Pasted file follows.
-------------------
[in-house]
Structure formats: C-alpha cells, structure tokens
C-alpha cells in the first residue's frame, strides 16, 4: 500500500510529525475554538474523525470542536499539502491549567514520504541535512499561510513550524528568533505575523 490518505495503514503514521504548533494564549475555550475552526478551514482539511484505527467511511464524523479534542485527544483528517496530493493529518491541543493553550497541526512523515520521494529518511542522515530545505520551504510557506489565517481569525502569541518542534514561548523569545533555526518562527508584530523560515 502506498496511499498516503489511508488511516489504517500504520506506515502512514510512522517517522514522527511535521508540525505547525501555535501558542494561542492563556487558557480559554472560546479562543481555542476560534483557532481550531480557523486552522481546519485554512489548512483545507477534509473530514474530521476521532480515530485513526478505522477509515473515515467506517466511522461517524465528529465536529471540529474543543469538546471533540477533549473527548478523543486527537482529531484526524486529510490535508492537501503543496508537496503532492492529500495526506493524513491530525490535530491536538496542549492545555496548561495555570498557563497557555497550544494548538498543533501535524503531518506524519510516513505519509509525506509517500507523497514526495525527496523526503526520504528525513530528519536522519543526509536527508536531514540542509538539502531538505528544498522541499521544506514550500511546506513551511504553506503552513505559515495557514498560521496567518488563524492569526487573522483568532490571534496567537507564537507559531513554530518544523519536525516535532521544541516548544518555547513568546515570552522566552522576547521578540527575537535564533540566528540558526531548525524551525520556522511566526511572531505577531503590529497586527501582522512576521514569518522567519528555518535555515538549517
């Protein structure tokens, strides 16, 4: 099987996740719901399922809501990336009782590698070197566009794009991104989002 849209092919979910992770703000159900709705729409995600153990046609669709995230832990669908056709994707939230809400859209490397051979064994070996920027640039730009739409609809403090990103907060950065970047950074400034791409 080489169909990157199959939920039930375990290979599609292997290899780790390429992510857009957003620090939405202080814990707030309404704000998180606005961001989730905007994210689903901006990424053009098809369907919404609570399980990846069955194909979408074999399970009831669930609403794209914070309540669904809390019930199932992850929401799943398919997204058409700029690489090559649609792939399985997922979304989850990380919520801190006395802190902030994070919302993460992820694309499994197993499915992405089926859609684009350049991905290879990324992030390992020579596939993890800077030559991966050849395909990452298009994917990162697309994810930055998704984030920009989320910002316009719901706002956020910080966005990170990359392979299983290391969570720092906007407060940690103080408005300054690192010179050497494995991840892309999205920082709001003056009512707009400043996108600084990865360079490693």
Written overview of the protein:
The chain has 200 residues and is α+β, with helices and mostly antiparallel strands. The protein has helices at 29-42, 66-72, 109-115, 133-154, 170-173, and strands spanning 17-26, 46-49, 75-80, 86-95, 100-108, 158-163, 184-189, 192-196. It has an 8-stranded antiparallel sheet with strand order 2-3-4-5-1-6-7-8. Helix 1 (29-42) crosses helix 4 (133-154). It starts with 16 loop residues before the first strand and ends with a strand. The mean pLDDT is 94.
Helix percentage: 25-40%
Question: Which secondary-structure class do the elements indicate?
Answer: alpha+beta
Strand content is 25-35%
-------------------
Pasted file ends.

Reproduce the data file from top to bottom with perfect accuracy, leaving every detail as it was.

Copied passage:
[in-house]
Structure formats: C-alpha cells, structure tokens
C-alpha cells in the first residue's frame, strides 16, 4: 500500500510529525475554538474523525470542536499539502491549567514520504541535512499561510513550524528568533505575523 490518505495503514503514521504548533494564549475555550475552526478551514482539511484505527467511511464524523479534542485527544483528517496530493493529518491541543493553550497541526512523515520521494529518511542522515530545505520551504510557506489565517481569525502569541518542534514561548523569545533555526518562527508584530523560515 502506498496511499498516503489511508488511516489504517500504520506506515502512514510512522517517522514522527511535521508540525505547525501555535501558542494561542492563556487558557480559554472560546479562543481555542476560534483557532481550531480557523486552522481546519485554512489548512483545507477534509473530514474530521476521532480515530485513526478505522477509515473515515467506517466511522461517524465528529465536529471540529474543543469538546471533540477533549473527548478523543486527537482529531484526524486529510490535508492537501503543496508537496503532492492529500495526506493524513491530525490535530491536538496542549492545555496548561495555570498557563497557555497550544494548538498543533501535524503531518506524519510516513505519509509525506509517500507523497514526495525527496523526503526520504528525513530528519536522519543526509536527508536531514540542509538539502531538505528544498522541499521544506514550500511546506513551511504553506503552513505559515495557514498560521496567518488563524492569526487573522483568532490571534496567537507564537507559531513554530518544523519536525516535532521544541516548544518555547513568546515570552522566552522576547521578540527575537535564533540566528540558526531548525524551525520556522511566526511572531505577531503590529497586527501582522512576521514569518522567519528555518535555515538549517
């Protein structure tokens, strides 16, 4: 099987996740719901399922809501990336009782590698070197566009794009991104989002 849209092919979910992770703000159900709705729409995600153990046609669709995230832990669908056709994707939230809400859209490397051979064994070996920027640039730009739409609809403090990103907060950065970047950074400034791409 080489169909990157199959939920039930375990290979599609292997290899780790390429992510857009957003620090939405202080814990707030309404704000998180606005961001989730905007994210689903901006990424053009098809369907919404609570399980990846069955194909979408074999399970009831669930609403794209914070309540669904809390019930199932992850929401799943398919997204058409700029690489090559649609792939399985997922979304989850990380919520801190006395802190902030994070919302993460992820694309499994197993499915992405089926859609684009350049991905290879990324992030390992020579596939993890800077030559991966050849395909990452298009994917990162697309994810930055998704984030920009989320910002316009719901706002956020910080966005990170990359392979299983290391969570720092906007407060940690103080408005300054690192010179050497494995991840892309999205920082709001003056009512707009400043996108600084990865360079490693």
Written overview of the protein:
The chain has 200 residues and is α+β, with helices and mostly antiparallel strands. The protein has helices at 29-42, 66-72, 109-115, 133-154, 170-173, and strands spanning 17-26, 46-49, 75-80, 86-95, 100-108, 158-163, 184-189, 192-196. It has an 8-stranded antiparallel sheet with strand order 2-3-4-5-1-6-7-8. Helix 1 (29-42) crosses helix 4 (133-154). It starts with 16 loop residues before the first strand and ends with a strand. The mean pLDDT is 94.
Helix percentage: 25-40%
Question: Which secondary-structure class do the elements indicate?
Answer: alpha+beta
Strand content is 25-35%